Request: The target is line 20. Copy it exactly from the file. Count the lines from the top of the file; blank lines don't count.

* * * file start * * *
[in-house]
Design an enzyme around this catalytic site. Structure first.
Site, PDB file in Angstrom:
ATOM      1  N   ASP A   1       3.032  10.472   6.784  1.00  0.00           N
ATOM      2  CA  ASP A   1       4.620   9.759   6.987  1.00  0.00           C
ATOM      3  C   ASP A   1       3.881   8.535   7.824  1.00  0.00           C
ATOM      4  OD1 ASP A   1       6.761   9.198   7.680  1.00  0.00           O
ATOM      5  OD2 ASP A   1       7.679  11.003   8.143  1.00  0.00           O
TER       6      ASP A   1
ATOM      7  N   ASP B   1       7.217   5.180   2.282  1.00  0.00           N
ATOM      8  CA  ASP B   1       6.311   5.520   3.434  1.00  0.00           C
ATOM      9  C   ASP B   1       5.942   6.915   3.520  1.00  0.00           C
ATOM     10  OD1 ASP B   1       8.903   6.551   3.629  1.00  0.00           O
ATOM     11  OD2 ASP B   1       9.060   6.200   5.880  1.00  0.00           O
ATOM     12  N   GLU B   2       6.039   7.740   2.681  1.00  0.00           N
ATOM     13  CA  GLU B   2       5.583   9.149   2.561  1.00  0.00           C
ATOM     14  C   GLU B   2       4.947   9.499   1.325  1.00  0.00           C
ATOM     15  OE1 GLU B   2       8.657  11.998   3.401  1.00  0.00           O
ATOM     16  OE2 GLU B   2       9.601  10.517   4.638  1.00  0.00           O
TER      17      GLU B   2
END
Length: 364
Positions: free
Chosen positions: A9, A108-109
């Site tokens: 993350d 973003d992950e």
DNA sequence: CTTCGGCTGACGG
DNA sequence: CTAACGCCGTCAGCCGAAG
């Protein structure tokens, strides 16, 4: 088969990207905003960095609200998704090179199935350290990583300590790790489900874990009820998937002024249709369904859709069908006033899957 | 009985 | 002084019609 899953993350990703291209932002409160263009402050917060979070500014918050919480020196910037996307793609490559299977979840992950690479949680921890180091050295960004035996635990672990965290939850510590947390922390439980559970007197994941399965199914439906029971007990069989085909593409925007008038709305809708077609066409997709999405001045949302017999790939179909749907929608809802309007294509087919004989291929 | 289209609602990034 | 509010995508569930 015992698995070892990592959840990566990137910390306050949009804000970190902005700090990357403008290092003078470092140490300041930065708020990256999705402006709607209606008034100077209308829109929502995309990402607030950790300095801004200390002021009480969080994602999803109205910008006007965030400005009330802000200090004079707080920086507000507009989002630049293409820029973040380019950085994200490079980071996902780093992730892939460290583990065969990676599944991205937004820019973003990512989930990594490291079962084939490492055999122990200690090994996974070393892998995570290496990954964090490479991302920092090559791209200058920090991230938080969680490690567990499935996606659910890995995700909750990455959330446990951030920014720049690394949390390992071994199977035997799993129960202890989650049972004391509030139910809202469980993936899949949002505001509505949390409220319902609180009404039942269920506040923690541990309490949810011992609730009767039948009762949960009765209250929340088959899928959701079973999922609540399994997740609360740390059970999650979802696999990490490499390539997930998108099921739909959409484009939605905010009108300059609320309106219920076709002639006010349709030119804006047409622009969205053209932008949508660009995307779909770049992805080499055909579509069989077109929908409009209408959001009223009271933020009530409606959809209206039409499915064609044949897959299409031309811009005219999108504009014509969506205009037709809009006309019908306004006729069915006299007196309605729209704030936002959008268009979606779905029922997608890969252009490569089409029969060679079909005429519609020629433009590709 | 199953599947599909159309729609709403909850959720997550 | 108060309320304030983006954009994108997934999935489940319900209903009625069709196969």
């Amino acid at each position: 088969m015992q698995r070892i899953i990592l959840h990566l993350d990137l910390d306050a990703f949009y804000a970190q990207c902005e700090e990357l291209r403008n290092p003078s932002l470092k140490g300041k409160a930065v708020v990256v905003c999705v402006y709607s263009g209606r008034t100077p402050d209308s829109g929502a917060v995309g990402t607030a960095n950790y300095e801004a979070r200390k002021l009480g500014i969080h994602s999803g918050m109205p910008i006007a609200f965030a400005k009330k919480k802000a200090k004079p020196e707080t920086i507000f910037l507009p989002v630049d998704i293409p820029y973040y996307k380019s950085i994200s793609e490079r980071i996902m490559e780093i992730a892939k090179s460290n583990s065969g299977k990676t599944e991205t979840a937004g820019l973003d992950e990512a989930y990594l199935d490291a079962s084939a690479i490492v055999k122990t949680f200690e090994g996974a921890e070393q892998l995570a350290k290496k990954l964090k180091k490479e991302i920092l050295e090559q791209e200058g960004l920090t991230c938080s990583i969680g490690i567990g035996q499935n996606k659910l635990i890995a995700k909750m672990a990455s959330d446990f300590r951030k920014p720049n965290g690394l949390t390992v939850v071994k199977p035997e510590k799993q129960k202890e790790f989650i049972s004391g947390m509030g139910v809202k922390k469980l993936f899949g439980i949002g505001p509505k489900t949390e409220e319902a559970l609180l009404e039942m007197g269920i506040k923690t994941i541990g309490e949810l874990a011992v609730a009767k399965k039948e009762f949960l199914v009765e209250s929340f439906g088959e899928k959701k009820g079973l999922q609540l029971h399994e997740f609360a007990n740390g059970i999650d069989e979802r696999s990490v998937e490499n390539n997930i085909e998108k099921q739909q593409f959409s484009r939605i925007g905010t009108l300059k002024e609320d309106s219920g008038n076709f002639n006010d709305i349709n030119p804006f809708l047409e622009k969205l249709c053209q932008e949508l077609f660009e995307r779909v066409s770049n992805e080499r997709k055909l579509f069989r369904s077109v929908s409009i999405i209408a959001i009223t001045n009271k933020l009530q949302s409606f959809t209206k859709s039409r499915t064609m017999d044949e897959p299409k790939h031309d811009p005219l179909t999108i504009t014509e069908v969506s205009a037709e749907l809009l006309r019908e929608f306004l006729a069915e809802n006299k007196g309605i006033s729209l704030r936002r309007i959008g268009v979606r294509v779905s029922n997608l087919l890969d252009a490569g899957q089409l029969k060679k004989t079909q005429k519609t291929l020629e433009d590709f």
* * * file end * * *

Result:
TER      17      GLU B   2